This photo was taken from the wonderful little town of Château-Chalon in Jura (region of Franche-Compté, France) which has an amazing setting on the hill overlooking this plain... The vineyards of the Jura are spread over 1 850 hectares, spread over four geographical Appellations d'Origine Contrôlée (Arbois, Côtes du Jura, l'Etoile, Château-Chalon). Château Chalon is the oldest and most famous of the Jura AOCs. This single hilltop of just 50 hectares is home to the unique Vin Jaune ("Yellow wine").
This photo was taken in the northwest part of Namibia, and shows some Hartmann's mountain zebras (Equus zebra hartmannae). Like all zebras, it is boldly striped in black and white and no two individuals look exactly alike. The stripe can be black and white or dark brown and white. Their stripes cover their whole bodies except for their bellies. The Mountain zebra also has a dewlap. The black stripes of Hartmann's mountain zebra are thin with much wider white interspaces, while this is the opposite in Cape mountain zebra. Mountain zebras live in dry, stony, mountainous and hilly habitats. They prefer slopes and plateaus and can be found as high as 2,000 meters above sea level, although they do migrate lower in the winter season. Their diet consists of tufted grass, bark, leaves, buds, fruit and roots. They often dig for ground water.
The Cape mountain zebra and the Hartmann's mountain zebra are now allopatric, meaning that their present ranges are nonoverlapping. They are therefore unable to crossbreed. This is a result of their extermination by hunting in the Northern Cape Province of South Africa. Historically Mountain zebras could be found across the entire length of the mountainous escarpment that runs along the west coast of southern Africa as well as in the fold mountain region in southern South Africa.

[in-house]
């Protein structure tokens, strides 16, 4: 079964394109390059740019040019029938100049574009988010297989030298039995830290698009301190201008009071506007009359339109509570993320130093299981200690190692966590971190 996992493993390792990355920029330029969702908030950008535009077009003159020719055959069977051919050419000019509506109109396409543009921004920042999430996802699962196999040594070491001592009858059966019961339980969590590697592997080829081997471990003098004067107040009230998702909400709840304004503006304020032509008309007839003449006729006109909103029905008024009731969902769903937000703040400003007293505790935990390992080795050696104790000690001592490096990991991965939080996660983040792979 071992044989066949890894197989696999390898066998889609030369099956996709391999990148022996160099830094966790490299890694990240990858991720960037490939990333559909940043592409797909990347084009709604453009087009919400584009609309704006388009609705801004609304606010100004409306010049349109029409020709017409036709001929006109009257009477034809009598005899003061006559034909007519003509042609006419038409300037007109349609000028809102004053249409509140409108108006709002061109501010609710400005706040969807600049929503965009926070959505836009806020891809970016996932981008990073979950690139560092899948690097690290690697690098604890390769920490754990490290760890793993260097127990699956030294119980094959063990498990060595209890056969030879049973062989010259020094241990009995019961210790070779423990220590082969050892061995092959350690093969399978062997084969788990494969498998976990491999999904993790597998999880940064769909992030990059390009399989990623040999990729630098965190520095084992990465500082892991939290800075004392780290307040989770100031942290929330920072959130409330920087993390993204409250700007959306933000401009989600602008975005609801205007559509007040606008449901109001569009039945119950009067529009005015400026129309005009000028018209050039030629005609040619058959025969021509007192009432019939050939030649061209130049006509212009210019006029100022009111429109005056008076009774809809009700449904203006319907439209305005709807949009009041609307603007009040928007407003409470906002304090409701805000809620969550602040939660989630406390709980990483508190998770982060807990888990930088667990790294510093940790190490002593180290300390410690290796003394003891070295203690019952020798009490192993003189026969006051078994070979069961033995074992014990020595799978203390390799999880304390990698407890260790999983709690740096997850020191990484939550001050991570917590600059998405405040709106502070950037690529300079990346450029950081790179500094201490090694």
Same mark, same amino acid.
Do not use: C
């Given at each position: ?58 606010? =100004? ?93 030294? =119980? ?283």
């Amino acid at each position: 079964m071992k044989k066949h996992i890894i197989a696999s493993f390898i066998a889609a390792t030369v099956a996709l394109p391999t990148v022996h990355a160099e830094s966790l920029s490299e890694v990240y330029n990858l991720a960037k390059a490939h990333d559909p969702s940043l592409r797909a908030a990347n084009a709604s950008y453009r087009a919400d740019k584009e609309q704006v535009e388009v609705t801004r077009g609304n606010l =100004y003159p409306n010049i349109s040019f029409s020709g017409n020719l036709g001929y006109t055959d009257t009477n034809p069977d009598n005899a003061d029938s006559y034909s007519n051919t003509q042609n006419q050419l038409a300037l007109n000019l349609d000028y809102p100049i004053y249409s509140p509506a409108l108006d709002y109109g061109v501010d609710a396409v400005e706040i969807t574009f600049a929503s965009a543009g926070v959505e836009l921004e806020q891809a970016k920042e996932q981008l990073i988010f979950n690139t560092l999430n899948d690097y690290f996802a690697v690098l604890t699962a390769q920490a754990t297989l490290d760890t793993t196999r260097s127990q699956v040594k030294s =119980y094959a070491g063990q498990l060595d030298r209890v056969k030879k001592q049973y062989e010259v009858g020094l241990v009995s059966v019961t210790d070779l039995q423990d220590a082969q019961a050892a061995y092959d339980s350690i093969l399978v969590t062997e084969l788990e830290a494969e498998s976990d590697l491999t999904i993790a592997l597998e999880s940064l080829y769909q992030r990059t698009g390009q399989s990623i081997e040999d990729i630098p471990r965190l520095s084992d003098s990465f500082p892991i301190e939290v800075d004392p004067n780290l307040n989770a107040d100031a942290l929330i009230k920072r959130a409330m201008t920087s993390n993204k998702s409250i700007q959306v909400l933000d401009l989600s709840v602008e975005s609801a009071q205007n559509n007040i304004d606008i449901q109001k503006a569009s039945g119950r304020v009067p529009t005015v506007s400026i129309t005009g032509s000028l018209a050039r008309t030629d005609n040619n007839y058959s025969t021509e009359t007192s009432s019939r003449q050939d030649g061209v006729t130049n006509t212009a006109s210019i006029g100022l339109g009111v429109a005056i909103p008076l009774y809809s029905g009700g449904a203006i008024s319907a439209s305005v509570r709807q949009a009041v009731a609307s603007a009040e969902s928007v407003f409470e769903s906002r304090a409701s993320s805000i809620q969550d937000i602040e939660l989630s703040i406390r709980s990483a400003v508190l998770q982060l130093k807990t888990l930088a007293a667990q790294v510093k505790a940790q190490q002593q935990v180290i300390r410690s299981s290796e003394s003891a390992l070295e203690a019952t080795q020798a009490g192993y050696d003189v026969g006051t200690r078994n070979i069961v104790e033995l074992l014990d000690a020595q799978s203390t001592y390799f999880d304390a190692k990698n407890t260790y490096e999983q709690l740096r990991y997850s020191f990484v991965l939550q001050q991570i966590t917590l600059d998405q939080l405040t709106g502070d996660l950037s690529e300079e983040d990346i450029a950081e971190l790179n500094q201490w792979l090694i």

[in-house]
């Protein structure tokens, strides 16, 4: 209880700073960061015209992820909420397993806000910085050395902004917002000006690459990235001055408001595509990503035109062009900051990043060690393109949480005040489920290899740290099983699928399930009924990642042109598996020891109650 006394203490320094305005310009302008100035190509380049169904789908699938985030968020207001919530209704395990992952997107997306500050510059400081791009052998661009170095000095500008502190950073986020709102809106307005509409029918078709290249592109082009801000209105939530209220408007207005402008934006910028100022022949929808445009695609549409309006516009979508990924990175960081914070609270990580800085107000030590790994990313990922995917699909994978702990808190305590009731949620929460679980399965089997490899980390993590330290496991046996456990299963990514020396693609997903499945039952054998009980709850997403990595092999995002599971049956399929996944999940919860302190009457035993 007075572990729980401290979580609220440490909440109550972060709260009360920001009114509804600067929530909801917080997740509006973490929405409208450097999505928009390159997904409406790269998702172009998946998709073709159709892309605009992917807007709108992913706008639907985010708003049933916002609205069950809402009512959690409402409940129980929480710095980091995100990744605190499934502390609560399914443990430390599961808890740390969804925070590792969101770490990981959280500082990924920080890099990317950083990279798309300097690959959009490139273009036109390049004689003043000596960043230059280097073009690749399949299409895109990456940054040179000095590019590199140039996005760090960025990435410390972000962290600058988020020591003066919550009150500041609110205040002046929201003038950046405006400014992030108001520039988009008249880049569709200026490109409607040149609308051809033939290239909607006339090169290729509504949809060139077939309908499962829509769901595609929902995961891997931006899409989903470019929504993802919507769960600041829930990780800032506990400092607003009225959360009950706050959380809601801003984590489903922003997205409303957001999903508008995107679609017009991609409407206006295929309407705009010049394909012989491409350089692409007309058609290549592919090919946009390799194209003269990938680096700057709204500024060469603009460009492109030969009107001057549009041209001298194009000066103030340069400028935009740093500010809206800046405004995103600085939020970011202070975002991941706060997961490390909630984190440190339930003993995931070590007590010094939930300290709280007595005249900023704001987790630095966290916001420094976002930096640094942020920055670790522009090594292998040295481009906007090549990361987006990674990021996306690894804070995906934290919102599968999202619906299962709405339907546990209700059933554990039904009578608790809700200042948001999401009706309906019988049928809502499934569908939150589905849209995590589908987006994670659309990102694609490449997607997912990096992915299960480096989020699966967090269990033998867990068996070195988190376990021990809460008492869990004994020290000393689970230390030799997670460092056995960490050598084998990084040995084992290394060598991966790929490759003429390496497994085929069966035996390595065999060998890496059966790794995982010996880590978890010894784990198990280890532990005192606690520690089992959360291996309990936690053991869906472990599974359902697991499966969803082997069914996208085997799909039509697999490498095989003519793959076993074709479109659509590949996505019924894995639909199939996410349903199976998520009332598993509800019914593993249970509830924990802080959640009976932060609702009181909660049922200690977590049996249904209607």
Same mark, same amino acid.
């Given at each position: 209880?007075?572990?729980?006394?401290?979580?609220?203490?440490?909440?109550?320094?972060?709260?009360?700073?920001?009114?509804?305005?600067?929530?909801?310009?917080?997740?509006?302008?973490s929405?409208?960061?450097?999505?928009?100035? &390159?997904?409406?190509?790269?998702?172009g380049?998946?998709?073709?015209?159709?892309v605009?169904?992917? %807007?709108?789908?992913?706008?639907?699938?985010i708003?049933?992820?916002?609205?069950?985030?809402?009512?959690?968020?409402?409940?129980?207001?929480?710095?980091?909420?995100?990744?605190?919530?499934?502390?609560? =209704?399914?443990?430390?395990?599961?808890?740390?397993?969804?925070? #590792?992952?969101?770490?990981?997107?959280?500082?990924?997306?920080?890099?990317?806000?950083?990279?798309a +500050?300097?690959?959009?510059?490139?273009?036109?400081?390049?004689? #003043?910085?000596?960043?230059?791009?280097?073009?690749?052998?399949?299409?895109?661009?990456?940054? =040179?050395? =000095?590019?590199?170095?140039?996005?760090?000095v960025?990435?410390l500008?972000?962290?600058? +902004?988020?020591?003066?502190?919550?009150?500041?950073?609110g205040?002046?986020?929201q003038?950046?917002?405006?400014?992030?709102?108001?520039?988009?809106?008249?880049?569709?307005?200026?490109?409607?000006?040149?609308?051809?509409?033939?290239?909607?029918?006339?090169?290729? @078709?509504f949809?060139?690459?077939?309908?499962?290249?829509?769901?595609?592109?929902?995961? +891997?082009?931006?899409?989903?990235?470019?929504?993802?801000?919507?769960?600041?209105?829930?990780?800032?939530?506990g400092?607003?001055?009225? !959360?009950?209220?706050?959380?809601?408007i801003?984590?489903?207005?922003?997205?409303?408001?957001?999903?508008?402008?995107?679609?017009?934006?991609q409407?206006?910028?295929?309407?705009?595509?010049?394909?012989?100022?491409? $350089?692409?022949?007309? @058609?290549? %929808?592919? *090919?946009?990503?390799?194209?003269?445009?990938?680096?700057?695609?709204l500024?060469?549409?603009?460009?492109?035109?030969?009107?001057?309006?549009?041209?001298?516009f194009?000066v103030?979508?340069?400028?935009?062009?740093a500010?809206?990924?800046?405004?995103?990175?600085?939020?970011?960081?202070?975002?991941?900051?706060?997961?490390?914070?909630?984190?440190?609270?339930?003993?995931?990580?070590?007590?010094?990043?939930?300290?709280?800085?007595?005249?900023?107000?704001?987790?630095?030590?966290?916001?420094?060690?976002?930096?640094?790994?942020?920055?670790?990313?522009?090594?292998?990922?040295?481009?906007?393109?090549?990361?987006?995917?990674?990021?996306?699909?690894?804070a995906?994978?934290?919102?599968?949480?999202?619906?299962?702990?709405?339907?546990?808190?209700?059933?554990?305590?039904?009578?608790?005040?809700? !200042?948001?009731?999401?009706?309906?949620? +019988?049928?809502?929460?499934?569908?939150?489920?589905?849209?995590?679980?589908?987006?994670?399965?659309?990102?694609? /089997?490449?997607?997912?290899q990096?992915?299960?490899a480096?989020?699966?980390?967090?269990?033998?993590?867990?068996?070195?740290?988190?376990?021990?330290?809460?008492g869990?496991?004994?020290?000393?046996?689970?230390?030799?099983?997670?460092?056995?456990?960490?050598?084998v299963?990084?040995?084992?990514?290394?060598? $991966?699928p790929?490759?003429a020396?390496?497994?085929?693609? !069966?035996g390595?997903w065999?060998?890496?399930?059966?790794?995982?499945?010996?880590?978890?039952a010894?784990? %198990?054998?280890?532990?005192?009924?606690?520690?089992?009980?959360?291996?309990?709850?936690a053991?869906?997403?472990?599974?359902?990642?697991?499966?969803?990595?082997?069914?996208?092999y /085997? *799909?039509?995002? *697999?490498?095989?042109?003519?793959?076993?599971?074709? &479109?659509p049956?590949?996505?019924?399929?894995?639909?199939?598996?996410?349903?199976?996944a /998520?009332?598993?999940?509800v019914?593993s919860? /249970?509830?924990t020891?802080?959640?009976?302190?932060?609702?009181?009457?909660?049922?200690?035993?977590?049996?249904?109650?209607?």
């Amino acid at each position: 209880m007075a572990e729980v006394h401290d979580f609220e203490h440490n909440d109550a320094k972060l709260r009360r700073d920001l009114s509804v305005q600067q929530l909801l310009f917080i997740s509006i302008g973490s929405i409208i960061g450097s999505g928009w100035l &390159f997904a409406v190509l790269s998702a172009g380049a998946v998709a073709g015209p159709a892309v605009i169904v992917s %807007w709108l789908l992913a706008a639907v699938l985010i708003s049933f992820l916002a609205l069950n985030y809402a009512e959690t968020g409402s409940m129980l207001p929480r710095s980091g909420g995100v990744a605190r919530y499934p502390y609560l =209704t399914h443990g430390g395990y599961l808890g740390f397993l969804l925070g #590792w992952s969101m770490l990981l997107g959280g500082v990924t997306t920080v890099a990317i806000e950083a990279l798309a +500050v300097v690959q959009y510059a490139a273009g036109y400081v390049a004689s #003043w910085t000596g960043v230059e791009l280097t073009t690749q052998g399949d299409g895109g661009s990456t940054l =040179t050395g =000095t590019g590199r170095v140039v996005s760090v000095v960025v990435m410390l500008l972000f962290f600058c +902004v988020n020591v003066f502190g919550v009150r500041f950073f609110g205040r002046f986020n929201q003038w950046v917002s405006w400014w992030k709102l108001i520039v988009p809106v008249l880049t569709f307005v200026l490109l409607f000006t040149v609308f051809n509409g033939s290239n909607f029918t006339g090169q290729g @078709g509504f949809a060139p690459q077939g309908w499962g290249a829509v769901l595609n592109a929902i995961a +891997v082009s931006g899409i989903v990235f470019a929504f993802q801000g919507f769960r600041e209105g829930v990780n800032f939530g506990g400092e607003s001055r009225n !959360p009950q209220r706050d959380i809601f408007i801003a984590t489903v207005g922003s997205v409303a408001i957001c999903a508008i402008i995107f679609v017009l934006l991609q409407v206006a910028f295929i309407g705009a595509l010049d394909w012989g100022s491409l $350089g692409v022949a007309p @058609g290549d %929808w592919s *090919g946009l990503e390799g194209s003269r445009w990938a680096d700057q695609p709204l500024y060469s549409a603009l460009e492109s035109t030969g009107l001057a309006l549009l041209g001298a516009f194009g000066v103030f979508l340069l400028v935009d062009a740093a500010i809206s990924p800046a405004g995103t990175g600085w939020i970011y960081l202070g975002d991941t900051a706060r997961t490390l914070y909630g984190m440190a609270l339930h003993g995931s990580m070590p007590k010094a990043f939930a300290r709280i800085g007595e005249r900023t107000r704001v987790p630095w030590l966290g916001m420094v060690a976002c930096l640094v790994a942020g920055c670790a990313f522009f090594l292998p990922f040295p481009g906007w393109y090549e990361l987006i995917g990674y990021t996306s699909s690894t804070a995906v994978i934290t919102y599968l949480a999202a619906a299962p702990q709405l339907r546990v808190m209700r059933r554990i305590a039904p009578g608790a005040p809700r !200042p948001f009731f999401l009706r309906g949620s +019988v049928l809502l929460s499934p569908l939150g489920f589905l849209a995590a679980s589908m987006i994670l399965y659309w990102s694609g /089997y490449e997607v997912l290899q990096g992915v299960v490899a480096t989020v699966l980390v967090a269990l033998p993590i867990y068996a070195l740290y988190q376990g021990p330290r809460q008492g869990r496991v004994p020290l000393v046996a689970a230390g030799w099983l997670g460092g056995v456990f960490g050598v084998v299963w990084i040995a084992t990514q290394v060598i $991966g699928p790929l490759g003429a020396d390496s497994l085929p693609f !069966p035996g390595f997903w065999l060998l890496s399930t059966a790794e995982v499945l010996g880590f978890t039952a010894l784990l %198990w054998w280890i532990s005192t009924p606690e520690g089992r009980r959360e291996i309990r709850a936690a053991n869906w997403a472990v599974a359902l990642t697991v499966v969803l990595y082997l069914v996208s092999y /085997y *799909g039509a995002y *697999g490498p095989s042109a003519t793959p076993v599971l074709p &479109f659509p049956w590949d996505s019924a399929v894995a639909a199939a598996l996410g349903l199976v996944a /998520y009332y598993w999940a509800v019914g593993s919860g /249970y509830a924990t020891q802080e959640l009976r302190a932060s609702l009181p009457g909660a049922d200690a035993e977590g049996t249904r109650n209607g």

This is a photo of the Sydney Opera House, New South Wales, Australia. Designed by the Danish architect Jørn Utzon, the project was built in three stages : 1959–1963 consisted of building the upper podium; 1963–1967 saw the construction of the outer shells; 1967-1973 consisted of the interior design and construction. It was formally opened in 1973 by Elisabeth II, and in 2007 was made a UNESCO World Heritage. To know more about it, please refer to following Wikipedia web page Sydney Opera House.
This photo shows a sunset over Kata Tjuta (also known as Mount Olga or The Olgas) located in the southern part of the Northern Territory, central Australia. It only shows a few of the 36 domes, composed of conglomerate, a sedimentary rock consisting of cobbles and boulders of varying rock types including granite and basalt, cemented by a matrix of sandstones. The highest point, Mount Olga, is 1066 m above sea level, or approximately 546 m above the surrounding plain (i.e 203 m higher than the more famous Uluru). You can also see a superb photo showing a panorama of Kata Tjuta (which cover an area of 22 km²) as seen from its viewing platform in the middle of the day on following Wikipedia Kata Tjuta page
This photo was taken in the Whitsunday Islands, which are a collective of 74 continental islands of various sizes off the coast of Queensland in Australia. More precisely, taken from Hill Inlet on Whitsunday Island, and showing Whitehaven Beach at the background. Whitehaven Beach is almost 6km long and consists of a very fine dazzling white sand that is 98% pure Silica! The sand is minute powder-size grains of quartz and has been assayed at 99.89% pure, well above the minimum requirement for glass-making and suitable for the finest glass for optical lenses for binoculars etc. Its origin is not known definitely but geologists say it does not have a local origin as rocks of the Whitsunday area are quartz-poor. They think the most likely explanation is that it is the result of a longshore drift system which brings sand from the south along the Queensland coast, very evident in the Gold Coast/Fraser Island area. The Whitehaven sand is so pure it indicates that during the drift all heavy mineral sands and other impurities have been winnowed out leaving the quartz sand. Probably there is an eddy effect in Whitehaven Bay which causes the sand to drop out and accumulate there. See Whitsunday Tourism to know more about the Whitsundays.
This photo has been selected Photoburst Photo of the day on 28th Aug 2008